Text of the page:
The crying of Novak Djokovic almost got even more attention after the final of the US Open than the winning by Daniil Medvedev, his opponent. But was it really so special, that crying?
Not in a general sense. Even though scientific research has never been done on this, I dare to say that there is much more crying in top sport than, say, fifty years ago. And not just by the losers, but also by the winners. Ever seen pictures of a crying Fanny Blankers-Koen or Emil Zátopek after their Olympic triumphs?
Nowadays there is a lot of crying at the Olympics. The British newspaper The Times already dubbed the 2012 London Games as “The Crying Games”. Sixteen percent of all winners then cried on the podium, especially the British winners.
Then why were you surprised by a tear at Djokovic? After all, he also has exemplary predecessors in this regard. Immediately after his elimination from the 2006 US Open, Andre Agassi burst into tears. When Theo Maassen was confronted with this fragment in a talk show in 2007, he scorned: “We have a very nice word for that in Eindhoven… Homosexuality!” (A joke he would be resented now more than then.)
The most famous cry in tennis history is credited to Roger Federer. He collapsed completely in 2009 after losing the decisive fifth set of the Australian Open final against Rafael Nadal. „God, it’s killing me”, he sighed before sobbing uncontrollably on the track for minutes.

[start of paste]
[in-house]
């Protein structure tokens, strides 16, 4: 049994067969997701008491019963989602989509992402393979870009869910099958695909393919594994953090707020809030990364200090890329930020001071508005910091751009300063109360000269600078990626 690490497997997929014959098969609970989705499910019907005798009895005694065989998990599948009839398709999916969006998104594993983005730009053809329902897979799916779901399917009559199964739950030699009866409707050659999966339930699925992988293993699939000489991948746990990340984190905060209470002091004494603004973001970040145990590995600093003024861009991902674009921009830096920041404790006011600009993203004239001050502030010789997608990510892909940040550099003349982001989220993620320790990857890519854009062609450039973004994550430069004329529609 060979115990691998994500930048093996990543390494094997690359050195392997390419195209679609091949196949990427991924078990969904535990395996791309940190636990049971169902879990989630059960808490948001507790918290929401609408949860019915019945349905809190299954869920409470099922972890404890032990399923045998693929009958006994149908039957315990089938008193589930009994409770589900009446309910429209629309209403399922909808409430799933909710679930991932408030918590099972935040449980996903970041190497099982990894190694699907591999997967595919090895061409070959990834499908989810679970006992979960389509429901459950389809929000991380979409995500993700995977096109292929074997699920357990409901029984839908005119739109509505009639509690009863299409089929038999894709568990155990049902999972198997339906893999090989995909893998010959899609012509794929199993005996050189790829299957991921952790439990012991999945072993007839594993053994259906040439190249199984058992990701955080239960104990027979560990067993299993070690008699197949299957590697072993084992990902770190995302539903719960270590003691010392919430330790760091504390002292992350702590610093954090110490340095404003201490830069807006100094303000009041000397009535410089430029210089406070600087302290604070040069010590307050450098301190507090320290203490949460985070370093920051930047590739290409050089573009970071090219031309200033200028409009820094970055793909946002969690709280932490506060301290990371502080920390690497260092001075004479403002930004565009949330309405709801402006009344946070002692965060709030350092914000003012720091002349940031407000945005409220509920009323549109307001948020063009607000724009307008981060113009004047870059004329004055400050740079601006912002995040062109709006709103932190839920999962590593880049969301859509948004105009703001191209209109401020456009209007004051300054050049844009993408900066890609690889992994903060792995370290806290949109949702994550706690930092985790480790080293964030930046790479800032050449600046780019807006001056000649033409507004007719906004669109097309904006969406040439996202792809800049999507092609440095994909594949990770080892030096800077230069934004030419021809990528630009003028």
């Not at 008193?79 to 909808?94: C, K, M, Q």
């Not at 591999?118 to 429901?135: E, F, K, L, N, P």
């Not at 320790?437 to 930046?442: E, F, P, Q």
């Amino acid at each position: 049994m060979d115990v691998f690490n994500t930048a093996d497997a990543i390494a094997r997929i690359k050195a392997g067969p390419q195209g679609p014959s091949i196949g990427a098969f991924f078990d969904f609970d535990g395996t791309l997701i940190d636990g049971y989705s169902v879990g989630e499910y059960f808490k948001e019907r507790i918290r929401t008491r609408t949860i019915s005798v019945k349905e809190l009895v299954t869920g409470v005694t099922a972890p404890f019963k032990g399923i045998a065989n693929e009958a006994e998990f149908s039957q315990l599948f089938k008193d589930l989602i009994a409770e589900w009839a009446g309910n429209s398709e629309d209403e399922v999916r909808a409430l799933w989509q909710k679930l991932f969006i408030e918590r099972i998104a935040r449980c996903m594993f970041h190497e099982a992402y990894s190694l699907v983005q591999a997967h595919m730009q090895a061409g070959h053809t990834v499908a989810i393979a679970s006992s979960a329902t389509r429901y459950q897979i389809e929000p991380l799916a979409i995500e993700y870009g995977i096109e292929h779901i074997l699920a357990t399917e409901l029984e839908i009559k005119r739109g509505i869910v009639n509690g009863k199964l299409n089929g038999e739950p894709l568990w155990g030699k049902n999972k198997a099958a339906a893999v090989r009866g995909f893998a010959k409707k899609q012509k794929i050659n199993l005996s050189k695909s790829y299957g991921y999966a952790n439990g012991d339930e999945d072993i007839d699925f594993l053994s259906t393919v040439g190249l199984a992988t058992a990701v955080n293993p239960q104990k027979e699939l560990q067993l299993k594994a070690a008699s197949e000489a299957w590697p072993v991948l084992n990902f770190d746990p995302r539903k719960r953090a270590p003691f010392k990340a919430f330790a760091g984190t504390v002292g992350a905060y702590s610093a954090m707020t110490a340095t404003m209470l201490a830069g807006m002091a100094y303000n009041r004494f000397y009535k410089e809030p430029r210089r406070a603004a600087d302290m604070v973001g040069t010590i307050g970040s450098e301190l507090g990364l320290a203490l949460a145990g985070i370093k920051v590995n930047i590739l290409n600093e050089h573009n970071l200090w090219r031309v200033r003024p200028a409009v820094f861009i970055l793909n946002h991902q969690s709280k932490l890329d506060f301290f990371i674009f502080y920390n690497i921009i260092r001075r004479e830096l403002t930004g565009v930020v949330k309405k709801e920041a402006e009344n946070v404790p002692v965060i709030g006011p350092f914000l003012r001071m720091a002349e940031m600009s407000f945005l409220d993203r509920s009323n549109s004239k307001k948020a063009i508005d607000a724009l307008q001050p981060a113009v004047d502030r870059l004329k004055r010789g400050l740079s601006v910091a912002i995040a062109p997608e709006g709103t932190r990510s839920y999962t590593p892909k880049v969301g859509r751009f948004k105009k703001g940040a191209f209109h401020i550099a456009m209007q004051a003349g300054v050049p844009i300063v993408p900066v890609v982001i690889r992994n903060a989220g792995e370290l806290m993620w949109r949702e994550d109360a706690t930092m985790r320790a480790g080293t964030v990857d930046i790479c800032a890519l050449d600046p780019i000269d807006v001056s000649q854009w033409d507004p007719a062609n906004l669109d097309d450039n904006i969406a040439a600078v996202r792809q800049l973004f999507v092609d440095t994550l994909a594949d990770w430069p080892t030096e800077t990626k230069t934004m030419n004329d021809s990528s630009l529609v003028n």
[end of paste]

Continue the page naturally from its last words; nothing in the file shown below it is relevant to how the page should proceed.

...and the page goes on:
Djokovic has also shed hot tears on the track before. That was after losing to Argentina’s Juan Martín del Potro in the first round of the 2016 Rio Olympics. Yet there was more going on with him in New York on Sunday. He did something I’ve never seen a top tennis player do: burst into tears during the game. Towards the end he was sitting in his chair, sobbing into his towel. At the start of the next, last game, tears were still in his eyes.
I suspect he was especially moved by the public support, which used to be against him in New York; Federer and Nadal were simply much more popular. But suddenly he, the great Djokovic, had become the underdog himself and the public rallied behind him en masse. In his speech afterwards, he also pointed out how much that had touched him.
Showing emotions openly is not limited to sports. Emotion is popular, because emotion generates emotion. Especially on TV you see how program makers work towards emotion with specific questions and close-ups; tears are good for the ratings.
That need not make emotion suspicious in advance, but some reserve is necessary to prevent us from being constantly manipulated into emotion. The result could be that we no longer believe a tear and call it ‘homosexual’ in Eindhoven. The Djokovics, Agassi’s and Federers of top sport did not deserve that. I believe in their tears. The top sport of today cannot be compared with that of the past. Yes, they are paid in gold, but who could bear the stress and endless training labor they deal with every day?
A version of this article also appeared in NRC in the morning of September 15, 2021